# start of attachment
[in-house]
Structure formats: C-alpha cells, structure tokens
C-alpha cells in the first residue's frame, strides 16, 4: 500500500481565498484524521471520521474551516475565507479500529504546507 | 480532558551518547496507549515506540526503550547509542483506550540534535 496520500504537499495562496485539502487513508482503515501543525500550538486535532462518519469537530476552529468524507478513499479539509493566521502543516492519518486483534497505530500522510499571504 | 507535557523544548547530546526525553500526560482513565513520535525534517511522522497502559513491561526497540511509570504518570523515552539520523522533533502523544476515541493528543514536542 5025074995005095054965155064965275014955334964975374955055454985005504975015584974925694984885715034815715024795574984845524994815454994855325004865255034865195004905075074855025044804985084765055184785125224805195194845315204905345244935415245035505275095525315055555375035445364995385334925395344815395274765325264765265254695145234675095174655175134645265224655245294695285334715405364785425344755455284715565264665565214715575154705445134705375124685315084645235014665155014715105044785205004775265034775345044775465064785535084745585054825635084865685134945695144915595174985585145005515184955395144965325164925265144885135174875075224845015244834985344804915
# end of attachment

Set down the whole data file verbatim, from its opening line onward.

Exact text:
[in-house]
Structure formats: C-alpha cells, structure tokens
C-alpha cells in the first residue's frame, strides 16, 4: 500500500481565498484524521471520521474551516475565507479500529504546507 | 480532558551518547496507549515506540526503550547509542483506550540534535 496520500504537499495562496485539502487513508482503515501543525500550538486535532462518519469537530476552529468524507478513499479539509493566521502543516492519518486483534497505530500522510499571504 | 507535557523544548547530546526525553500526560482513565513520535525534517511522522497502559513491561526497540511509570504518570523515552539520523522533533502523544476515541493528543514536542 5025074995005095054965155064965275014955334964975374955055454985005504975015584974925694984885715034815715024795574984845524994815454994855325004865255034865195004905075074855025044804985084765055184785125224805195194845315204905345244935415245035505275095525315055555375035445364995385334925395344815395274765325264765265254695145234675095174655175134645265224655245294695285334715405364785425344755455284715565264665565214715575154705445134705375124685315084645235014665155014715105044785205004775265034775345044775465064785535084745585054825635084865685134945695144915595174985585145005515184955395144965325164925265144885135174875075224845015244834985344804915